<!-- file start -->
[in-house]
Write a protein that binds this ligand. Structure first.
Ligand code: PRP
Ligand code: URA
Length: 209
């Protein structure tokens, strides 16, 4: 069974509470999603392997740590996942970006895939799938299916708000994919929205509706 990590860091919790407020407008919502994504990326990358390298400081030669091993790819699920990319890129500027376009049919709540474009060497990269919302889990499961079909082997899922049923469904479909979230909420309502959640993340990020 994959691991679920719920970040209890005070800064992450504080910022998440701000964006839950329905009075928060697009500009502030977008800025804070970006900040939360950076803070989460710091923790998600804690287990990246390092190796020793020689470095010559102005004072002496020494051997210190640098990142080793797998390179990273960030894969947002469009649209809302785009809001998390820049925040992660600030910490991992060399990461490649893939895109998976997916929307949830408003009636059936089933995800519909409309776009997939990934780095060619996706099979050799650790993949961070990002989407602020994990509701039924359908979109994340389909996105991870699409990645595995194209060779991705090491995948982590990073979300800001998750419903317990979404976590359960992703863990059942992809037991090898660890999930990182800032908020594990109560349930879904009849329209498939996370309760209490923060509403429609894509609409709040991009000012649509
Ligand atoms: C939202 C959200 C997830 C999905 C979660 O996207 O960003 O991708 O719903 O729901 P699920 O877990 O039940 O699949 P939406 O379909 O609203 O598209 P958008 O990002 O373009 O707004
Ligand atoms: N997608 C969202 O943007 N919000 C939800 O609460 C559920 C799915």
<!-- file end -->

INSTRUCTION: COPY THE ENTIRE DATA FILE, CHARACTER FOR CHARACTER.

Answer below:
[in-house]
Write a protein that binds this ligand. Structure first.
Ligand code: PRP
Ligand code: URA
Length: 209
């Protein structure tokens, strides 16, 4: 069974509470999603392997740590996942970006895939799938299916708000994919929205509706 990590860091919790407020407008919502994504990326990358390298400081030669091993790819699920990319890129500027376009049919709540474009060497990269919302889990499961079909082997899922049923469904479909979230909420309502959640993340990020 994959691991679920719920970040209890005070800064992450504080910022998440701000964006839950329905009075928060697009500009502030977008800025804070970006900040939360950076803070989460710091923790998600804690287990990246390092190796020793020689470095010559102005004072002496020494051997210190640098990142080793797998390179990273960030894969947002469009649209809302785009809001998390820049925040992660600030910490991992060399990461490649893939895109998976997916929307949830408003009636059936089933995800519909409309776009997939990934780095060619996706099979050799650790993949961070990002989407602020994990509701039924359908979109994340389909996105991870699409990645595995194209060779991705090491995948982590990073979300800001998750419903317990979404976590359960992703863990059942992809037991090898660890999930990182800032908020594990109560349930879904009849329209498939996370309760209490923060509403429609894509609409709040991009000012649509
Ligand atoms: C939202 C959200 C997830 C999905 C979660 O996207 O960003 O991708 O719903 O729901 P699920 O877990 O039940 O699949 P939406 O379909 O609203 O598209 P958008 O990002 O373009 O707004
Ligand atoms: N997608 C969202 O943007 N919000 C939800 O609460 C559920 C799915």